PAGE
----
I know that feeling.
You laugh at the wrong line in a movie, you don’t understand the ‘in’ joke or get sad watching comedians. It’s bad enough when it’s just you and your friends but when you’re in a room full of people you don’t know that’s tough!
When trying something new, people don’t like to be shown up to be different in public.
Of course. I know I don’t.
You are their guide. You are the one saying, you know what, I didn’t get the ending but I enjoyed watching it – and an honest luke warm review is no bad thing. Here’s why –
In every theatre there are good times to be had for cheap and in some cases for free; and every time a curtain goes up on an unfilled seat a chance to change someone’s perspective on life is lost.
The chance to even make someone smile for an hour or two is also gone.
Your Theatre needs you!
(Not in a WW2 way.)
But maybe in the way that your readers need to know a bit more about a show before buying a ticket and turning up kind of way.
Sometimes people just don’t know about where new venues are or when local outdoor events start. Fresh new voices reviewing things start new streams of possibility for everyone. Festivals, for example, are a great way to bring people to see brand new work in a safe environment and super way to test out your reviewing skills.
As more people join a tribe that speaks directly to them and follow your encouragement to try something for the first time your own audience grows.
We live in an unprecedented time when there are few barriers to putting on a show. Live video streaming has theatre companies performing live work across the nation. Arts is no longer exclusive and everything is possible. Amateur groups produce challenging contemporary work beyond the safe musicals they were known for. Students stage epic Greek dramas with casts of nearly 100 that a professional theatre could never find the budget to tour theatres with.
So now is the time to grasp that impulse you have when you feel so strongly about a piece of entertainment, like a TV show, Summer Festival, Circus Act, Street Busker, Indy Band that you have to tell people about it yesterday because it has ignited something in you.
The reason I share these tips is that I used to spend hours writing reviews. I have written over 200 so far. I do it because I love it and I have gotten quicker at it. I was a slow learner and got a system down so I want to share all the smooth techniques I have had to find when I saw an amazing show.
I saw ‘Remor’ at the Edinburgh Fringe in 2012. It was 11 minutes long and performed in a box that only seated a handful of people. With the best will in the world the word of mouth was limited and I wasn’t sure how this amazing piece of installation theatre from Spain was going to reach the people it needed to. I got a review out on line that explained why it was essential viewing on the first day of the 3 week festival.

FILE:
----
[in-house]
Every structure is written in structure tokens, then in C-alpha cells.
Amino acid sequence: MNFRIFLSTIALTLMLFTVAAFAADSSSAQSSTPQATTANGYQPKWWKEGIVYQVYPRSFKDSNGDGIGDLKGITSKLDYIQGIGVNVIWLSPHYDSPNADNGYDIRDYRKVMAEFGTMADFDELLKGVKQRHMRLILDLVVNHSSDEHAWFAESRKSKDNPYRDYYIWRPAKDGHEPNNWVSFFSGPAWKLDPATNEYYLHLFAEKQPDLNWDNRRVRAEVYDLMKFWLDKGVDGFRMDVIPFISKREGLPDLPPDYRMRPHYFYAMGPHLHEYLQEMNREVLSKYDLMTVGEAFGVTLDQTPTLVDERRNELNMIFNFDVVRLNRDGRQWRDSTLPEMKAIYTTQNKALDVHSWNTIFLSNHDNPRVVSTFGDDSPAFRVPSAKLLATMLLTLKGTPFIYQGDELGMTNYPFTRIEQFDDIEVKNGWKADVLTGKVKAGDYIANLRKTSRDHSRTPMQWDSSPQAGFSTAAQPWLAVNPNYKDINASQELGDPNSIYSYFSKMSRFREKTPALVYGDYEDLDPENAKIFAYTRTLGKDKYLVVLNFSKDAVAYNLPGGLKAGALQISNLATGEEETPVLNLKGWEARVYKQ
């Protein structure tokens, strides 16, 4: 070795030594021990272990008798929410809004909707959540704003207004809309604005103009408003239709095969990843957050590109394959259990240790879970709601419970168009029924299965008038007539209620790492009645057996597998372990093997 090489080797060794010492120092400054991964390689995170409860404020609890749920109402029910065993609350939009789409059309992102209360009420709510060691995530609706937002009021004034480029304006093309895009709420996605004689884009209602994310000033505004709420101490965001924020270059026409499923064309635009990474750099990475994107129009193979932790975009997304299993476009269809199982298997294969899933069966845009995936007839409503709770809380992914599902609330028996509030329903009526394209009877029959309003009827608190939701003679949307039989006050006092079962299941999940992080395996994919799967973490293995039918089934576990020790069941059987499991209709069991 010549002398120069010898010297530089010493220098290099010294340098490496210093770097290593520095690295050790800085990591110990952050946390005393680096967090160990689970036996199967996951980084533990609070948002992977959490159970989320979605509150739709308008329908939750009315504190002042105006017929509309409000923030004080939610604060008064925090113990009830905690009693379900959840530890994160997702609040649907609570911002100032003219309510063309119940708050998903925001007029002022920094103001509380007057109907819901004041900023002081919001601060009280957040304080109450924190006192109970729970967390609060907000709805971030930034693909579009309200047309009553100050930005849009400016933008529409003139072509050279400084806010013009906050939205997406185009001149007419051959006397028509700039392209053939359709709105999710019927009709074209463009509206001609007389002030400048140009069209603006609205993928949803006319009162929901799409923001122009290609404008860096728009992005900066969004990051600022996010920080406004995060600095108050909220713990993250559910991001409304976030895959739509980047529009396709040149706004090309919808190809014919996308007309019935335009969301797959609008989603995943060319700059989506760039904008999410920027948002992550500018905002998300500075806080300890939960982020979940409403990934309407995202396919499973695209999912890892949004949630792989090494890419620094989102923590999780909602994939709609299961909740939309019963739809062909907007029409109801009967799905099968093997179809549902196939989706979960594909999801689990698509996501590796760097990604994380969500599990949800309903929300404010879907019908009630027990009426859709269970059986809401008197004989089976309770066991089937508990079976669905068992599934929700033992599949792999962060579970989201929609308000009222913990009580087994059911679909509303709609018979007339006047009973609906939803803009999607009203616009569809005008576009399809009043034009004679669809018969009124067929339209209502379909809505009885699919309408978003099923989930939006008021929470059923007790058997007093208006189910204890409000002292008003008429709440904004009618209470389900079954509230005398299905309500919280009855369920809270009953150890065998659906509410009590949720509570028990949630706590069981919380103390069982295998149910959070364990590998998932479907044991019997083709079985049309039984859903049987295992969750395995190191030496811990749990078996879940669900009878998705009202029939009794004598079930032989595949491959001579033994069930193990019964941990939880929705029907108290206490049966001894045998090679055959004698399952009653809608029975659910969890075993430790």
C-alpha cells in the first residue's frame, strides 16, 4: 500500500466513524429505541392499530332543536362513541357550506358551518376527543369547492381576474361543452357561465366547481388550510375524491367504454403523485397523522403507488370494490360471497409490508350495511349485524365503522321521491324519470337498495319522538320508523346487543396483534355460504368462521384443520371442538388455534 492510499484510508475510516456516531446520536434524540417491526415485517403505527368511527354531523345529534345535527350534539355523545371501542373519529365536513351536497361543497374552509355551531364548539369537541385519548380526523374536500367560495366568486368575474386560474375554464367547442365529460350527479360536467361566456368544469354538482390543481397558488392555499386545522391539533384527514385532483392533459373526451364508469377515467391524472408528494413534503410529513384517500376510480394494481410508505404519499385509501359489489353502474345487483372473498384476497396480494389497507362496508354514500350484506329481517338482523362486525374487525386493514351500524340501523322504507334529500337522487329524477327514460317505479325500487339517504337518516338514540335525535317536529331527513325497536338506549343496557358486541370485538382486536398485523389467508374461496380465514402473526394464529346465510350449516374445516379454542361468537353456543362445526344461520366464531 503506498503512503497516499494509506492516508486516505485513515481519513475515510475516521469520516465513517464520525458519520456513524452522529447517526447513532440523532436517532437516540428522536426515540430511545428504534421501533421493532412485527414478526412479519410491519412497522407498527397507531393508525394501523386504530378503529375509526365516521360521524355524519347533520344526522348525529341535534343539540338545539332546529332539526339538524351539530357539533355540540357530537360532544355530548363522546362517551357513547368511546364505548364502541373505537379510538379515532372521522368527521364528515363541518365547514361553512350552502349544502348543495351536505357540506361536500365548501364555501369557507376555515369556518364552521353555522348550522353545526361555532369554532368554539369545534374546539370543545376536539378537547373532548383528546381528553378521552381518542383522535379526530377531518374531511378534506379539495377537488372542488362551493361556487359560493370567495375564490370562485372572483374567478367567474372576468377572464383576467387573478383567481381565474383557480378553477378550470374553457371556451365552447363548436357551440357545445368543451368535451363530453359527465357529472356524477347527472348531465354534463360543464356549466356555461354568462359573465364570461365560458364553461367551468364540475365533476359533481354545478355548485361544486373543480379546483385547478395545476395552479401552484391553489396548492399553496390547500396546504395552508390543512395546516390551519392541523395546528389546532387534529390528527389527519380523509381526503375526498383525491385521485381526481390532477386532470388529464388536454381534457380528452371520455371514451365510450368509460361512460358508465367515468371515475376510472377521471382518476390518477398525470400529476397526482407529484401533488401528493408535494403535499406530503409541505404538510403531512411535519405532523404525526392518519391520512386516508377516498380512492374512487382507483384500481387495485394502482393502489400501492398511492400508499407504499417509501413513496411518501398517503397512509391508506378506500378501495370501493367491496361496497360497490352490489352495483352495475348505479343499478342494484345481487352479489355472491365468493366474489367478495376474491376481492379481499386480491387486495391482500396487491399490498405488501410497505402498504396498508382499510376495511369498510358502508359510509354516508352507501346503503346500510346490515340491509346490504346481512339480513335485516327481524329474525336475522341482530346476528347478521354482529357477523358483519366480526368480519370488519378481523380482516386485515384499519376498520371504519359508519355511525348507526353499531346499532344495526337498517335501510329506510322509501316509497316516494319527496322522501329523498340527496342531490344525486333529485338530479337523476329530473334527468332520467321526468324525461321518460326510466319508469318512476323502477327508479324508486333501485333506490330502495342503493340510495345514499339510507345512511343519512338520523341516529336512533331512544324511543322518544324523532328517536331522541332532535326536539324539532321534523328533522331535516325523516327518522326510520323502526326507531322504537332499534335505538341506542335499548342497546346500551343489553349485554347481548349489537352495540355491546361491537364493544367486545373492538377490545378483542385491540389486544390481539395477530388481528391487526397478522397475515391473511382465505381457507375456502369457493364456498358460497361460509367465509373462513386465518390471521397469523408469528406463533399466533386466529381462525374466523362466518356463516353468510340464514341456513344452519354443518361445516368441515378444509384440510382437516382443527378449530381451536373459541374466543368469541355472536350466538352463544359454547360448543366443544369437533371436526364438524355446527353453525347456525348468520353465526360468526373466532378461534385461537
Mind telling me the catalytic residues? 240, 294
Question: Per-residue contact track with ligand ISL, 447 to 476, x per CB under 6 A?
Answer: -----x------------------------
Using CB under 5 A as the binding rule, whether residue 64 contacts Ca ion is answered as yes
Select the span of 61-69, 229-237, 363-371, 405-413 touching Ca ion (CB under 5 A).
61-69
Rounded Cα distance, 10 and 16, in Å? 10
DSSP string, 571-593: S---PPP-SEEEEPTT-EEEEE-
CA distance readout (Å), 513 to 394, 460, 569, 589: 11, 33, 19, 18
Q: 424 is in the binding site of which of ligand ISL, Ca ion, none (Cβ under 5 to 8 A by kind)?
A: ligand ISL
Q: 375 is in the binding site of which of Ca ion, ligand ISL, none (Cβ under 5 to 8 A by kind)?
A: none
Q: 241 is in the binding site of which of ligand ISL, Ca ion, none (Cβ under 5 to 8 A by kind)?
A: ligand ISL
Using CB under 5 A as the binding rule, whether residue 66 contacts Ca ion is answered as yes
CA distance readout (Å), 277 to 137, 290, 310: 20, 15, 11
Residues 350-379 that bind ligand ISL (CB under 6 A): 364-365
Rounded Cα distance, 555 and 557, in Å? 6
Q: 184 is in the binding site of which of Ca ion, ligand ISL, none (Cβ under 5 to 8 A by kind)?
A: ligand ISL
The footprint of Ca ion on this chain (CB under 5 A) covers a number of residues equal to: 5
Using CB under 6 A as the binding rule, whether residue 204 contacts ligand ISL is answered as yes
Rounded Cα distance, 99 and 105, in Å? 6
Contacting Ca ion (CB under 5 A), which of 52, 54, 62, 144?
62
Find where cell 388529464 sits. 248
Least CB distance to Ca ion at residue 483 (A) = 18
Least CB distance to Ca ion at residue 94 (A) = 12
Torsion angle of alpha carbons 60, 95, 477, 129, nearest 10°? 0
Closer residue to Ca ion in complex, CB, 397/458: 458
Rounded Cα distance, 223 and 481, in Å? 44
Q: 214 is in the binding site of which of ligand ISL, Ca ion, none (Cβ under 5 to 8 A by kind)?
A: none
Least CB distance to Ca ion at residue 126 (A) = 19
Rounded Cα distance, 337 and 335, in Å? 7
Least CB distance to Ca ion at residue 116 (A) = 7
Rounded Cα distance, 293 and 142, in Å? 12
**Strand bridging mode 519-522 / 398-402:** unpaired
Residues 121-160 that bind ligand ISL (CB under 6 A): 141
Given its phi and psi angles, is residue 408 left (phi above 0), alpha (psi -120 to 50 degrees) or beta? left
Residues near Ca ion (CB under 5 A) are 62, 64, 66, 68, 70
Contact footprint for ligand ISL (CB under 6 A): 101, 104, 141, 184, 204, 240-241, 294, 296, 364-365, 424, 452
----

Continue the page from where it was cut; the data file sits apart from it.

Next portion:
‘Remor’ is a fine show and went on to win accolades at the festival it completely deserved. I was happy to bring this to people’s attention on the first night of the fringe and received a massive peak in website traffic.
This might not happen everyday but when it does you will be ready to fly and cause a stir with your passion and a storm with your words.
So where will your reviews take your audience?
Personally I want more people in the theatre/open air auditorium/mall because that’s the good thing theatre now happens everywhere.
After all Rowena Cade built a theatre out of stone in a rural Cornish village and that is doing great business. A great place to watch Whales go by as you watch a play with a the Atlantic Coast as a back drop from your seat on a cliff top. Your words can be the reason someone experiences awesomeness for themselves.
That’s the impulse of your review inspiring your reader.
Hopefully getting people off the sofa and into the theatre is your thing. This is arguably more important than ever now we all need more community in our lives. Human connection is hard to find in our fast lives.
If that’s not something you feel.. this is not your book. Sorry.
Whatever your politics, wherever you stand on arts funding or mainstream comedy vs elite high tragedy one thing theatre folk tend to agree on is that community is a good thing. It makes us feel safe, that we belong, that we can grow together, that we can safely reveal who we are and be recognised for that.
Reviewing will make more things possible for you, your reader and the theatre and I’m all for that.
OK, so we knocked out a quick first review in the previous part (you didn’t? pop back and bang that one out!) and we posted it onto facebook to get our inner momentum going and to hear our inner writer speak.
Now let’s make the necessary hitting of deadlines much more smooth, satisfying and even joyful.
The one thing this book cannot do is edit your review, nor should it try because your writing is unique to you. Your review is 100% belonging to you and part of your soul. My hope is that there this is enough in these pages to make writing easy and enable you to succeed.
Let’s start the real deal.
Pick a show that speaks to you and call the box office. And speak to them. And there are great questions you can ask to get the first paragraph of your review done in seconds.
Turn the page and we’ll get the most out of that call together.